Cape York Peninsula Land Use Strategy
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Cape York Peninsula Land Use Strategy
Abrahams, H., Mulvaney, M., Glasco, D., & Bugg, A.
Office of the Co-ordinator General of Queensland
Australian Heritage Commission, March 1995
Method details and results.
The method considered wilderness, biophysical naturalness and the area of each mapped vegetation unit. This was undertaken by using the ArcInfo 'Relate' function, between the NWI coverage (a lattice) and the Vegetation coverage (polygon based).
The indicators were:
For each vegetation polygon three attributes were calculated as follows:
To select the best examples of each vegetation class using these indicators the attributes for each polygon need to be compared with appropriate characteristics of each vegetation class. To achieve this for each of the 201 communities, the mean and standard deviation of polygon areas, polygon Wilderness Quality means, and polygon Biophysical Naturalness means were calculated.
The individual vegetation polygon attributes were then compared to the vegetation class-wide characteristics to select the larger classes with better condition and integrity, these then representing the better examples of that community on the Peninsula.
The first trial of this analysis selected those examples that were larger or of higher value than the mean for each of the vegetation community characteristics. This trial failed to select representative examples of each vegetation class, with only 50% approximately of classes having polygons that satisfied these criteria.
This occurred because the distribution of polygon areas was negatively skewed, ie. the majority of vegetation communities were mapped with a small number of very large polygons and a proportionately greater number of smaller polygons. The mean value for the polygon areas is driven by these few very large values. Thus only a very few polygons are above the mean size for a particular vegetation class. In about 50% of cases these few large polygons were below the mean for either wilderness quality or biophysical naturalness.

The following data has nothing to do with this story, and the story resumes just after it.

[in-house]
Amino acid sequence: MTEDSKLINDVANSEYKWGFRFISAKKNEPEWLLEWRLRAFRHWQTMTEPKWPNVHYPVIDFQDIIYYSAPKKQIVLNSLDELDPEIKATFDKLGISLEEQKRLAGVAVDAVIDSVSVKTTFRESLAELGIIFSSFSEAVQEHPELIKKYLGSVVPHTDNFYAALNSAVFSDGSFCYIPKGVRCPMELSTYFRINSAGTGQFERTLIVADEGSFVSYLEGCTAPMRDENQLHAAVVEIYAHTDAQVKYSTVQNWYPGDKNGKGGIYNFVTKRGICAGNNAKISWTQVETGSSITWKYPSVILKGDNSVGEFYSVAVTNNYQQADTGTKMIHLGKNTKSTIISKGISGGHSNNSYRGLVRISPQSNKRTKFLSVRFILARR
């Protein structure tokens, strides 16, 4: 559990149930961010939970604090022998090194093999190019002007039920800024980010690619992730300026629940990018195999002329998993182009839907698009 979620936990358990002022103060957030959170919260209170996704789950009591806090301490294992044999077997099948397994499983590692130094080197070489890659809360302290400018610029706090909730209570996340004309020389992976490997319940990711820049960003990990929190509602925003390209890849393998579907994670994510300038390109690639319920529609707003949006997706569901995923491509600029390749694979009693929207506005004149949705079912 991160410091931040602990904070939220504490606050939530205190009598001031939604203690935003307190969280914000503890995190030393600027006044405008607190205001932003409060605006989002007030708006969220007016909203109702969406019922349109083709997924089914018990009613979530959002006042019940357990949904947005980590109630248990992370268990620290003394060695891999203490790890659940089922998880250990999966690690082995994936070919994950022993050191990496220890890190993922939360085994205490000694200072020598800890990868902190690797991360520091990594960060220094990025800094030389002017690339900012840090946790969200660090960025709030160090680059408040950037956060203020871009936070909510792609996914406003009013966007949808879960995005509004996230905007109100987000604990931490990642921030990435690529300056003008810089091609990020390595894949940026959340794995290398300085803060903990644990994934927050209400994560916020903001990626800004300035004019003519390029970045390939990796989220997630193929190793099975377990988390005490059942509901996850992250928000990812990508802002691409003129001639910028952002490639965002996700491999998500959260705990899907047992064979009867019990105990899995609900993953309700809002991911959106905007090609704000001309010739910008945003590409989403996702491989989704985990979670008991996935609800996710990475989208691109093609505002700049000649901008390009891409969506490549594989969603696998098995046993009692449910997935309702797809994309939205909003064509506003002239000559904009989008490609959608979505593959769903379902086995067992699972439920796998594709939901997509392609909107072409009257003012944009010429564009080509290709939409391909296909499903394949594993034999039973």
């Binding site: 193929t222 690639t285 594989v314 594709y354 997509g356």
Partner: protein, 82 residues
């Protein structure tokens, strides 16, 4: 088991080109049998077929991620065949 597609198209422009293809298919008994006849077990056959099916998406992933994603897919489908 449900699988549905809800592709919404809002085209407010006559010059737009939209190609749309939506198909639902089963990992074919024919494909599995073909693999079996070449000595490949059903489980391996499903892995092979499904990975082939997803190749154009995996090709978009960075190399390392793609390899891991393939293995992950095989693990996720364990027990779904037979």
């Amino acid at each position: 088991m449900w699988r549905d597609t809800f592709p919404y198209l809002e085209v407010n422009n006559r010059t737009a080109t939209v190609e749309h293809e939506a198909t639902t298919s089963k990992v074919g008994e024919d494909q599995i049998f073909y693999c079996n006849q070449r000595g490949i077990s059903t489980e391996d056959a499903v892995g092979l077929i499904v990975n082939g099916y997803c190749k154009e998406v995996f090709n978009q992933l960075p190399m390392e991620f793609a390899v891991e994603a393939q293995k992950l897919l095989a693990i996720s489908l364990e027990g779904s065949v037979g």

A further analysis was run by:
(When considered collectively, at a value of about 0.75 standard deviations below the mean areas there was a strong break-point on the area distribution curve. Selection of all polygons larger than one standard deviation below the mean failed to discriminate on this area basis as some 80% of polygons were selected while selection polygons only larger than the mean restricted the choices to such an extent that this area condition swamped the other considerations.)
This analysis resulted in the selection of the better representations of vegetation areas for the majority of the vegetation communities (see Table A4.1).
Using the above methodology no representative polygons were found for twenty-five of the 201 vegetation classes. Fifteen of these communities are rare or restricted and so not surprisingly had a smaller number of polygons to select from. Further analysis of these was not undertaken as rare vegetation communities have been considered in detail previously. (Section Four of the main report).
For the ten more common vegetation communities (Table A4.2) the analysis was modified by dropping consideration of the wilderness quality characteristics. Thus employing two criteria instead of three. The analysis by using only two characteristics was still selecting the larger areas of best integrity as being characteristic of their class (see Table A4.2). This analysis successfully determined areas for seven of these communities.
Table A4.2 Representative Vegetation Classes
Requiring additional analysis
Vegetation D1 Polygon Total D1 Class Frequency Area Hectares 95 1 258,800.87 121 2 3,249.38 64 1 3,491.22 158 2 5,420.55 62 1 2,312.76 150 1 10,352.40 139 4 245.42
The remaining three vegetation classes (two of which are uncommon) were considered independently to identify the best polygons on the basis of the three variables. Vegetation classes 5 & 167 were uncommon and Vegetation Class 49 being common overall but not as the polygon dominant vegetation class. The rule set used for these classes is outlined in Table A4.3, following.
Table A4.3 Rule Sets for Vegetation Classes, 5, 49 & 167.
Vegetation Area Consideration Biophysical Polygons Class Naturalness Selected 5 > 0.75 STD below Mean Equal to the mean 1 rounded to 2 decimal points (4.22) 49 > 0.75 STD below Mean Equal to 3 (below 1 the mean, 3.02, for this vegetation class) and, independent of area Highest value 1 polygon (4.6) above mean (3.02) 167 N/A Equal to or 2 greater than 3. The mean for this class being 2.01.